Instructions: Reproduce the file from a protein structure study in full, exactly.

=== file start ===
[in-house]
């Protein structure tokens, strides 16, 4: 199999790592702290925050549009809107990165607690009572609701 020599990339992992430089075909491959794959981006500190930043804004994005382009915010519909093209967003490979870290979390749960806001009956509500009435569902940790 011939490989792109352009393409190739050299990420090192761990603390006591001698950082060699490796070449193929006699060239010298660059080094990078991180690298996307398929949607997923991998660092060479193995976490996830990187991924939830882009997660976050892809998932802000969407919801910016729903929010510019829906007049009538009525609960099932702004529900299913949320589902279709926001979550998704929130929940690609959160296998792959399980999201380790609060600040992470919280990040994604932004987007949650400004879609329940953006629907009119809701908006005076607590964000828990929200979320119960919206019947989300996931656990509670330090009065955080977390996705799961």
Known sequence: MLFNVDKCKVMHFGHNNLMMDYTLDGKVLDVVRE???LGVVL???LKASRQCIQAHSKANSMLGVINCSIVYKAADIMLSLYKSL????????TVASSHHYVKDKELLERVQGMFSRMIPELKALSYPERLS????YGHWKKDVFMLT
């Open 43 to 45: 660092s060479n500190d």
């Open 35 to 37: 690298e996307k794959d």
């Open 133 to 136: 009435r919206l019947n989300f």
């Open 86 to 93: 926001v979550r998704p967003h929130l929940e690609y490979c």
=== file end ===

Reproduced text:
[in-house]
């Protein structure tokens, strides 16, 4: 199999790592702290925050549009809107990165607690009572609701 020599990339992992430089075909491959794959981006500190930043804004994005382009915010519909093209967003490979870290979390749960806001009956509500009435569902940790 011939490989792109352009393409190739050299990420090192761990603390006591001698950082060699490796070449193929006699060239010298660059080094990078991180690298996307398929949607997923991998660092060479193995976490996830990187991924939830882009997660976050892809998932802000969407919801910016729903929010510019829906007049009538009525609960099932702004529900299913949320589902279709926001979550998704929130929940690609959160296998792959399980999201380790609060600040992470919280990040994604932004987007949650400004879609329940953006629907009119809701908006005076607590964000828990929200979320119960919206019947989300996931656990509670330090009065955080977390996705799961």
Known sequence: MLFNVDKCKVMHFGHNNLMMDYTLDGKVLDVVRE???LGVVL???LKASRQCIQAHSKANSMLGVINCSIVYKAADIMLSLYKSL????????TVASSHHYVKDKELLERVQGMFSRMIPELKALSYPERLS????YGHWKKDVFMLT
């Open 43 to 45: 660092s060479n500190d």
């Open 35 to 37: 690298e996307k794959d």
């Open 133 to 136: 009435r919206l019947n989300f």
């Open 86 to 93: 926001v979550r998704p967003h929130l929940e690609y490979c």